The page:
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How this Singaporean start-up enables students in Africa to learn remotely
BY ANNE-MARIE LIM, 15 DECEMBER 2021
As online classes become the norm amid the pandemic, this Singaporean start-up built an app so students in areas with low internet connectivity can continue to learn
Edwin Ho, 29, embarked on his final year at the Singapore University of Social Sciences (SUSS) just as the Covid-19 pandemic began disrupting in-person learning in Singapore.
As classes were paused and students told to stay home and take classes online, his mind wandered to students in countries with poor internet connectivity.
"If Singapore was caught off guard, what would happen to kids around the world now that school has been forced to stop?" wondered Ho.
The birth of EdTech company Edsy Bitsy
Together with co-founder and SUSS classmate Deevak Premdas, 26, Ho launched start-up Edsy Bitsy. Their first product: Bitsy, an education mobile app that enables students to learn remotely despite having a limited or unstable internet connection.
The interface of Bitsy
The app allows teachers to design and upload digital lessons. Compared to traditional web-based digital learning software, the app requires 200 times less memory and 100 times less data.
One of the ways it achieves this is by storing data – such as images – locally on the device, once downloaded, instead of downloading from an external server every time the data is accessed.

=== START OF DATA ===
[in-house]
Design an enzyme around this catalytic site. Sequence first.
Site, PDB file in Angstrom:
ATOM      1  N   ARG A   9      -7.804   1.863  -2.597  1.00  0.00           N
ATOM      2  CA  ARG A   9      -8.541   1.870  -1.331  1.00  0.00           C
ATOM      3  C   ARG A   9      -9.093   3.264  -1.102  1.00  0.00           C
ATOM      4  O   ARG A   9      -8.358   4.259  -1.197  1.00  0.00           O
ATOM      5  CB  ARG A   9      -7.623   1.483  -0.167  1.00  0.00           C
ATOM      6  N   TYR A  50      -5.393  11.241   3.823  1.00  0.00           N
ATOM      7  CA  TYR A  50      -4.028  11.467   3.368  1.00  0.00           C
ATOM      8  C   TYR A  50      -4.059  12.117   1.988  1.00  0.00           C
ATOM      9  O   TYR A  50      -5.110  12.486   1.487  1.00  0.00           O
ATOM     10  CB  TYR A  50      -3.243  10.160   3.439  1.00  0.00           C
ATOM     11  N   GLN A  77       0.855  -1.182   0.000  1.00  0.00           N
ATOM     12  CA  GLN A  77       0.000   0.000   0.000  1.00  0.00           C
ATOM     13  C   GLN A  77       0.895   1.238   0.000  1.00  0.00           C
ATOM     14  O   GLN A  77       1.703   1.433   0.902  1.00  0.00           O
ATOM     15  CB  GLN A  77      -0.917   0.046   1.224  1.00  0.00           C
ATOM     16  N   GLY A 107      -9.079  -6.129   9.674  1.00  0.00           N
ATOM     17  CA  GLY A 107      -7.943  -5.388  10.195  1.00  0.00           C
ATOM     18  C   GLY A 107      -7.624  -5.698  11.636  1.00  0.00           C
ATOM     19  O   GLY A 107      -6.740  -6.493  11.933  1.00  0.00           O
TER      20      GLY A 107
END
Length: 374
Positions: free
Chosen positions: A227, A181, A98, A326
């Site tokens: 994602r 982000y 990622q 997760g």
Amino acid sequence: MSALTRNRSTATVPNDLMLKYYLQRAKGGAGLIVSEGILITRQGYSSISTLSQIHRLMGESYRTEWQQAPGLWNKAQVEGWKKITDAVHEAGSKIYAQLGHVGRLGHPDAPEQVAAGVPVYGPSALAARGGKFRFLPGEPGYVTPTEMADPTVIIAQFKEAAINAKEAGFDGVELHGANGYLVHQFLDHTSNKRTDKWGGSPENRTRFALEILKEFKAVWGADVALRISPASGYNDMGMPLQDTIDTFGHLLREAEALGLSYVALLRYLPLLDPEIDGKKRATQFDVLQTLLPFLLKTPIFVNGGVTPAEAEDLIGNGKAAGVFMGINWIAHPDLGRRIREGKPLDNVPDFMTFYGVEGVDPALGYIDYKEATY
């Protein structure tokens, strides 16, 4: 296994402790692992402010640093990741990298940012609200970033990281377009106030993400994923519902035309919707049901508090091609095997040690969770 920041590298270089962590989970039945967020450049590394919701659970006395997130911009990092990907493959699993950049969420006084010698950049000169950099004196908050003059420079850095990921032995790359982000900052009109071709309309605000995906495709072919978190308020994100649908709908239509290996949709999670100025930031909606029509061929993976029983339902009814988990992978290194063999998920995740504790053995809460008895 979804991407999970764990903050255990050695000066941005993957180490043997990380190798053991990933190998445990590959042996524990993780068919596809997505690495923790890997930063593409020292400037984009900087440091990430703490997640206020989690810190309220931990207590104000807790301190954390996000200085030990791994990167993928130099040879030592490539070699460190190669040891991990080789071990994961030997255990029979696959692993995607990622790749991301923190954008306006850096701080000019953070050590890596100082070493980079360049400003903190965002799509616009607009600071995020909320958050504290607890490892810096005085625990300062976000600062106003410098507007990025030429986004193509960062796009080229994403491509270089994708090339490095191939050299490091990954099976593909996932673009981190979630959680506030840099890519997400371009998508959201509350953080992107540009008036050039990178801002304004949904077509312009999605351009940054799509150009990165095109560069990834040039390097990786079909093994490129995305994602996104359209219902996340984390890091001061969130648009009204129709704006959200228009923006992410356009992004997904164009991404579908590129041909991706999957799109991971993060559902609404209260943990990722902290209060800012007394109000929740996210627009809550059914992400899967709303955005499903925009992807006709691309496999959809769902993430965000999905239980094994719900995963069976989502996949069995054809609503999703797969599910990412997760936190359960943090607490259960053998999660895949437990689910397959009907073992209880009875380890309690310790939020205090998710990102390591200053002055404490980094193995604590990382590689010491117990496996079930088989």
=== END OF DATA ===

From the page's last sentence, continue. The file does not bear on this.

Today, Edsy Bitsy has around 350 users in Kenya, Uganda and South Africa. The start-up also has partnerships with 17 schools and non-profit organisations in the regions of Africa and Southeast Asia.
“Our big dream is to make learning easier everywhere by building generational education products that would help build the learning foundations of children around the world,” said Ho.
“I hope Edsy Bitsy would be the reason why students are able to continue to learn regardless of their location and the circumstances they are in.”
A remotely derived solution for remote learning
One challenge the duo faced was how they would work with schools outside of Singapore since air travel was closed.
“We were initially uncertain on how we were going to reach schools in countries we couldn’t travel to,” Ho recounted. “But as determined - or stubborn - as we were, we decided to hustle and give it a shot.”
To build the app, the pair interviewed parents, teachers and principals in Kenya, Uganda and South Africa to find out their pain points and gaps.
“Deevak and I often found ourselves staying up late at night to chat with our users because of the time difference,” said Ho.
Another challenge they had to overcome: doubts as to whether they would succeed “as we do not have the credibility of a big organisation”.
Still, they pressed on, juggling developing the app and school. “We began piecing the solution bit by bit together with the pain points teachers and parents were willing to share with us through our interviews.”
Their efforts paid off – Edsy Bitsy was one of the winners of the DBS Social Impact Prize at the SUSS Impact Start-up Challenge, coming in third place.
Their winning team included Catherina Limanto, 16, and Charlene Chang Kurniawan , 15, who assisted with product marketing on social media.
“They reached out to me with their interest,” Ho said. “I was amazed by their ambitious nature. I share the belief that youths are leaders of today, not tomorrow.”
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